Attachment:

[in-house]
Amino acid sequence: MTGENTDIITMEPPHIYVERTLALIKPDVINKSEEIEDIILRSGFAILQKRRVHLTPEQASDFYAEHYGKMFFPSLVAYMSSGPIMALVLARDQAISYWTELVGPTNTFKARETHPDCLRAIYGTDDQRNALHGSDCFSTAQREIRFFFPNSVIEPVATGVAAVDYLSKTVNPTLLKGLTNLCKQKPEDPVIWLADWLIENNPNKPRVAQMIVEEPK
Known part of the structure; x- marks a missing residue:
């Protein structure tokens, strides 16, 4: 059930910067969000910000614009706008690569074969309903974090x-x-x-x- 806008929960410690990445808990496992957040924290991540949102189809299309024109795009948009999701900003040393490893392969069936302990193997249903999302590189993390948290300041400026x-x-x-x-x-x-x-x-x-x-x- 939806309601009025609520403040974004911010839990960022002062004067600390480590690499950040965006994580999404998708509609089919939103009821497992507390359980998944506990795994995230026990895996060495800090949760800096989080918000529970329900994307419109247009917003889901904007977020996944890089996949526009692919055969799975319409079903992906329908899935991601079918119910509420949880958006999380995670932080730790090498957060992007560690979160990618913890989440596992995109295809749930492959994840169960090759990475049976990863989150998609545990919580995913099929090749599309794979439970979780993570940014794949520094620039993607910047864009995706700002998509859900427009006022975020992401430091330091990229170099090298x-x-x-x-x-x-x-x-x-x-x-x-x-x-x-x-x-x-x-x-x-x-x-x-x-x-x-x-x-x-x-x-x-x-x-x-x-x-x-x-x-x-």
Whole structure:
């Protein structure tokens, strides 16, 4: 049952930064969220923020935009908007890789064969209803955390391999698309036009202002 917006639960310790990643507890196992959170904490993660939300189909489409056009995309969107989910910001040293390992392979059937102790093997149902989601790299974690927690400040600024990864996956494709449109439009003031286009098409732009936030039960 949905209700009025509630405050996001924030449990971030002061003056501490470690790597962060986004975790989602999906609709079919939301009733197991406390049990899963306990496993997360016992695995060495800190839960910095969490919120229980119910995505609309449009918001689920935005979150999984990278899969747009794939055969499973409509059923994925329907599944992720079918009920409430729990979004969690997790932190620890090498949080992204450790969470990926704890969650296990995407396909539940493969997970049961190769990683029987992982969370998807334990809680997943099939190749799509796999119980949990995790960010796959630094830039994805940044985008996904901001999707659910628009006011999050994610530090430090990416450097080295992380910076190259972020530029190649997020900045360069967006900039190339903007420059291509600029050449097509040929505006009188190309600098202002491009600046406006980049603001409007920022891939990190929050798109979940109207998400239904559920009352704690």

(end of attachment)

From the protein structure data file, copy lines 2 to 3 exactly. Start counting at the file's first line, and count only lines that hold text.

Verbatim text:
Amino acid sequence: MTGENTDIITMEPPHIYVERTLALIKPDVINKSEEIEDIILRSGFAILQKRRVHLTPEQASDFYAEHYGKMFFPSLVAYMSSGPIMALVLARDQAISYWTELVGPTNTFKARETHPDCLRAIYGTDDQRNALHGSDCFSTAQREIRFFFPNSVIEPVATGVAAVDYLSKTVNPTLLKGLTNLCKQKPEDPVIWLADWLIENNPNKPRVAQMIVEEPK
Known part of the structure; x- marks a missing residue: